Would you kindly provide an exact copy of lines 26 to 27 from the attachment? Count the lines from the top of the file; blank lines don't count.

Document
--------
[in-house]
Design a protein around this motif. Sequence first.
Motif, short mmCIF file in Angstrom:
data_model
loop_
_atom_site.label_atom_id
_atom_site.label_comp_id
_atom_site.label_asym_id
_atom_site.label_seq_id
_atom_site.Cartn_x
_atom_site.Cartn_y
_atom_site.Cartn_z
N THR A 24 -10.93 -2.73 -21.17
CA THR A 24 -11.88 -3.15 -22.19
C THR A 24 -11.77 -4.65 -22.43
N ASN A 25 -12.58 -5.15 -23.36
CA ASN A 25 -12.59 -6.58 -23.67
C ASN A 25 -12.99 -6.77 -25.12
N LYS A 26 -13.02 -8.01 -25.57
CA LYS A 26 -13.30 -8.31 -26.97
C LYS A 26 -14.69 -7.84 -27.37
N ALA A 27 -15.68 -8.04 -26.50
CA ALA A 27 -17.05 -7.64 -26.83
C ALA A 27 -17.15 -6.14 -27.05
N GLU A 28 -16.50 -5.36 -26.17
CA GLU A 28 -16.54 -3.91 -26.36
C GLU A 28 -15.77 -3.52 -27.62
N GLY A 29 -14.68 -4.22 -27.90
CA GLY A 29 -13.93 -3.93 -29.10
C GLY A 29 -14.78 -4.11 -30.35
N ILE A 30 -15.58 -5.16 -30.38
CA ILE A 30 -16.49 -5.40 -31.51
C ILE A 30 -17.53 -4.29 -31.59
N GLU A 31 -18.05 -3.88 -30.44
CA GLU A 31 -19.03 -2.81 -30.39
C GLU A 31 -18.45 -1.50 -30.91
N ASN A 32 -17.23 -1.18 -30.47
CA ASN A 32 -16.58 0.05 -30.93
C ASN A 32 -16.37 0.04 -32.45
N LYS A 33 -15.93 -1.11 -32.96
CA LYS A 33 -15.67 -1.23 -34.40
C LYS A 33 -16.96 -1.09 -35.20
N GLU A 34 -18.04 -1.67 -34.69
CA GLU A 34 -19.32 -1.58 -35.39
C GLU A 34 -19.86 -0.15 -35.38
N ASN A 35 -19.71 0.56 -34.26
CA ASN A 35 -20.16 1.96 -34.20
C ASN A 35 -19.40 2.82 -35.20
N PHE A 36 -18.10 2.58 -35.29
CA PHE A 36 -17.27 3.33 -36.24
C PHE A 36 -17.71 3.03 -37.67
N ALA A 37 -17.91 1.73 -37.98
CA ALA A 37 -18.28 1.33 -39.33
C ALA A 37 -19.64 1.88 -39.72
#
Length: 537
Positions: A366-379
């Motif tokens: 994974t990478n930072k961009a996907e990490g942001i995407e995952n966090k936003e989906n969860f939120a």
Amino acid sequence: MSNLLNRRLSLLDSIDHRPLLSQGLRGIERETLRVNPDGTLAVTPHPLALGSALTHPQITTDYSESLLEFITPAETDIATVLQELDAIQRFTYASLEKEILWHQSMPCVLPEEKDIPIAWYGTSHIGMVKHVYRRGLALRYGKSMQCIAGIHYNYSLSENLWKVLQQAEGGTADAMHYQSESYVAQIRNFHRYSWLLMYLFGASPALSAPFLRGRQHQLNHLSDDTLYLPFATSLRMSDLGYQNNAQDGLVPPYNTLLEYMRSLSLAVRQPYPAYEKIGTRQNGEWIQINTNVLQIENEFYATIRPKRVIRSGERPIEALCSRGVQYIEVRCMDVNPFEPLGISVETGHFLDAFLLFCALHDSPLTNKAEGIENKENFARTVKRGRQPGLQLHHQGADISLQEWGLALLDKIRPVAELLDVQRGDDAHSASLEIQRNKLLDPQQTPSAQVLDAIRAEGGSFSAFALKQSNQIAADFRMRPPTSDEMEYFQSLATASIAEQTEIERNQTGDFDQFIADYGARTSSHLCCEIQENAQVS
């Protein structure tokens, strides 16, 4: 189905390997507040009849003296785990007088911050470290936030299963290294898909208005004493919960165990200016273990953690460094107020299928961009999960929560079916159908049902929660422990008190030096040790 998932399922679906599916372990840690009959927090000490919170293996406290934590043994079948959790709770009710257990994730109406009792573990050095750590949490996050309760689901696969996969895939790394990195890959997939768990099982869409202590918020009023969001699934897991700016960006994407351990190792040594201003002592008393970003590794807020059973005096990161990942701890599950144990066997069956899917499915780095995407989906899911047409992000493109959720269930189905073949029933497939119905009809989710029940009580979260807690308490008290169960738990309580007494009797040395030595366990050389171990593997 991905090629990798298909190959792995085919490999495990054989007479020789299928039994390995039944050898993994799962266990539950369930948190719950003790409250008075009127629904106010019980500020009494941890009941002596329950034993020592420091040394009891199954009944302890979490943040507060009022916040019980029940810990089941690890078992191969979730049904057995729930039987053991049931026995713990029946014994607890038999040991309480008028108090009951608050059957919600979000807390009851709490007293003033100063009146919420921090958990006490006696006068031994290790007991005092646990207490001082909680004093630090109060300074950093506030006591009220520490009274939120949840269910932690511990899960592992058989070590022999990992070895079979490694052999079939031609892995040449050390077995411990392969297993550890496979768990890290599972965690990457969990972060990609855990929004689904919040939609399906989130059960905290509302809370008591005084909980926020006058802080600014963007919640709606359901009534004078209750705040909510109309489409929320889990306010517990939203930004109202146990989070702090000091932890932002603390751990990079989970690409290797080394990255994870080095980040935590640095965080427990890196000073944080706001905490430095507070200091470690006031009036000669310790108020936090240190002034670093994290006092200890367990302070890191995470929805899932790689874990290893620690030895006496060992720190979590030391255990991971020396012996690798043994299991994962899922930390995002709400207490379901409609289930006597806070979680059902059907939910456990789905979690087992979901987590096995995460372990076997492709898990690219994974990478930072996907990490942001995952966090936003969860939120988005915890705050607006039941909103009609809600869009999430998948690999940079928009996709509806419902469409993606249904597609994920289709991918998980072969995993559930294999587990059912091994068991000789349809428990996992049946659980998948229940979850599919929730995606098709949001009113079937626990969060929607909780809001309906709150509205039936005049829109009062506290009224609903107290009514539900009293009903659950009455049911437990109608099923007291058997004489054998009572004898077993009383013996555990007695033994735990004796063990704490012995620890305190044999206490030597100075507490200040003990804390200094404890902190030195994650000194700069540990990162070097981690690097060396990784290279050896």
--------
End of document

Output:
CA GLU A 28 -16.54 -3.91 -26.36
C GLU A 28 -15.77 -3.52 -27.62